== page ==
However, Alex said that this has changed. Asians have their own style of storytelling now and we should maintain that. He added, “When I watch a French movie, I don’t want it to be like an American one.”

Likewise, the guys at Animonsta Studios know how to add a slice of Malaysia to their children’s programmes. As the team behind the successful series Upin & Ipin (which is aired across the region on Disney Channel Asia) and Malaysia’s 1st 3D-animated movie Geng: The Adventure Begins, Animonsta seems to have a winning formula when it comes to exporting cute, cuddly characters with local flavour. Their latest series BoBoiBoy, which airs on TV3 this March, is about a boy and his friends with superpowers battling chocolate-craving alien invaders.

Selected as the winner of the local leg of DigiCon6, BoBoiBoy together with 4 other local animations made it to Tokyo to represent Malaysia. Of course, it’s not always about winning as DigiCon6 offers a chance for the creators to showcase and meet with international distributors who are looking for content to broadcast.

For a bunch of young guns in the industry, establishing yourself is no easy feat even after the success of 2 animated titles. That’s why our government, since catching on to the digital tech game, has identified this sector as a key growth area. Good news for people like Animonsta who are in a high-cost, high-risk business. The government (or more appropriately, MDeC, the Multimedia Development Corporation) granted Animonsta RM2 million to complete BoBoiBoy. Even then, the owners of the studio had to fork out an initial RM100K for the 1st 6 months of operation.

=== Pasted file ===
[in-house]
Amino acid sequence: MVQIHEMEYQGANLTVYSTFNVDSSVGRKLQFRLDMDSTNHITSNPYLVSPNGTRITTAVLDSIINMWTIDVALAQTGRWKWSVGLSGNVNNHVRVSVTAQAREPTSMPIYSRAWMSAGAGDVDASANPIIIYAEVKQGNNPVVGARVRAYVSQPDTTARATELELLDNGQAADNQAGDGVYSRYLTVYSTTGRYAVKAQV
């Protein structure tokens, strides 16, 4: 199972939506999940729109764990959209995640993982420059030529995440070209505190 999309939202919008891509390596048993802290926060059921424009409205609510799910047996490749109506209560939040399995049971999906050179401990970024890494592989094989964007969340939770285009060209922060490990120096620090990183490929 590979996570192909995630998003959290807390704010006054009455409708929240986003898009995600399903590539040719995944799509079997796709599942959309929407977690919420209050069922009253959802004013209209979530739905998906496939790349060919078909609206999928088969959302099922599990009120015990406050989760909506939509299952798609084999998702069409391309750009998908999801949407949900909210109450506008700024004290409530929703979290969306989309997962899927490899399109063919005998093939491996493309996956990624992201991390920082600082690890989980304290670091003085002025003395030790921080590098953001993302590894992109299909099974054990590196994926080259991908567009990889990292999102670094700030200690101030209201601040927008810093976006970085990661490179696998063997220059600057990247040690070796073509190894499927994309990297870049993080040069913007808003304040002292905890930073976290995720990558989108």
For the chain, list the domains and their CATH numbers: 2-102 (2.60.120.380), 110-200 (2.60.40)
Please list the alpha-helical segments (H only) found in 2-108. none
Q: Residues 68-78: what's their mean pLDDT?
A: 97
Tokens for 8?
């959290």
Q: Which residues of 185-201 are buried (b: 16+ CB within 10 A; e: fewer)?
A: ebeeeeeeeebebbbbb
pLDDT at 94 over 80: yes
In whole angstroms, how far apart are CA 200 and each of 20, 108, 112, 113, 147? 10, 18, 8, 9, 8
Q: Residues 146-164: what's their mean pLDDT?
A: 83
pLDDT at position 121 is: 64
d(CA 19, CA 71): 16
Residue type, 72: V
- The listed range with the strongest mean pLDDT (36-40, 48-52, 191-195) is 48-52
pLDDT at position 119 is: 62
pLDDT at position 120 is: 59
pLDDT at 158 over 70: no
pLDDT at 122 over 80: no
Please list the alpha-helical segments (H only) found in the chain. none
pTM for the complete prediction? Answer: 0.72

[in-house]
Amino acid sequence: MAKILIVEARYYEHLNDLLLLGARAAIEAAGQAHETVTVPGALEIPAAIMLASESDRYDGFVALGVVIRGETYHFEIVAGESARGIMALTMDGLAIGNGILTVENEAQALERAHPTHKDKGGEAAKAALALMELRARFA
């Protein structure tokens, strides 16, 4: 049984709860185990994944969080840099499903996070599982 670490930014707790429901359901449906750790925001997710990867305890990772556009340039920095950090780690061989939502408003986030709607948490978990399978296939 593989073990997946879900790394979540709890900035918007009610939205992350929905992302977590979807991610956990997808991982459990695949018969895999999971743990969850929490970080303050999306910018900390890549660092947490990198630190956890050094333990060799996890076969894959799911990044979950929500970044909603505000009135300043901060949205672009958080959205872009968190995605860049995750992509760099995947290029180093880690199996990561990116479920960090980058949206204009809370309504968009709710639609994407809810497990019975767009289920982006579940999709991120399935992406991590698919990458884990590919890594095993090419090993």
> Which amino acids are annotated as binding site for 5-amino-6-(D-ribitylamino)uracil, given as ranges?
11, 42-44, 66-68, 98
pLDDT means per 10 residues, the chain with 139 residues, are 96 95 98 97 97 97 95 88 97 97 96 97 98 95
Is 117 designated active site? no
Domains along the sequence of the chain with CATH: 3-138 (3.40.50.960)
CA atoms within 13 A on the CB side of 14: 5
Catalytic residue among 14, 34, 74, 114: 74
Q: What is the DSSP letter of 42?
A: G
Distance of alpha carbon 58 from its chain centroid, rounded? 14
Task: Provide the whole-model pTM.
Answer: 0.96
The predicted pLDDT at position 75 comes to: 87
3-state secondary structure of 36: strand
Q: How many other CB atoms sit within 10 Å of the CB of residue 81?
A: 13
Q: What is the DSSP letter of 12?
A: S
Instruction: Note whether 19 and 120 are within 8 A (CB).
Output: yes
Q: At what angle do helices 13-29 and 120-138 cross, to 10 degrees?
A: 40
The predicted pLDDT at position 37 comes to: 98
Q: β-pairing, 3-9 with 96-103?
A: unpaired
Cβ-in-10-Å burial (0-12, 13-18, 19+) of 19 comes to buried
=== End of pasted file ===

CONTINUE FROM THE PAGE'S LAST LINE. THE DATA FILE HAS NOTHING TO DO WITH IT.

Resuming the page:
Luckily, support from MDeC doesn’t stop there. Coming under the umbrella of MSC Malaysia, MDeC works closely with digital content creators, tech industry players, colleges and universities, foreign studios and companies (such as TBS), and the media to develop the local digital content market and give our animators a boast. Apart from nurturing, providing funds and industry hook-ups, promoting local content, organising events and researching the global market, MDeC also provides space and technological utilities for start-up companies focusing on digital content.

To give props to local creators, MDeC organises the Kre8tif! Digital Content Conference yearly. Like a local version of DigiCon6, the 3-day event and awards presentation has seen international speakers from bigwig companies such as Sony Pictures Imageworks, Hasbro Studios, Codemasters Studios, Industrial Light & Magic, Marvel Animation and Dreamworks in the past. Themed ‘Back 2 Basix’, the most recent Kre8tif! witnessed these top minds gathering to share their insights on the fundamentals of producing world-class creative content including scriptwriting, digital design and character development. Apart from sending creators to Tokyo for DigiCon6 and organising Kre8tif, MDeC also runs IPCC (the Intellectual Property Creator Challenge) to unearth local talents and enhance the development of new intellectual property.

So with financial and technical support at our fingertips and an ever-growing Asian market, it’s just a matter of time until Malaysia comes up with an Avatar of our own. The question is, who’s gonna make it?

The 12th DigiCon6 happened in Tokyo from 16-20 November 2010. To find out more about MDeC, DigiCon6, Kre8tif, IPCC and opportunities for digital content, visit www.mscmalaysia.my and explore the options under the Rakyat and Business tabs or e-mail Vernon at vernon@mdec.com.my.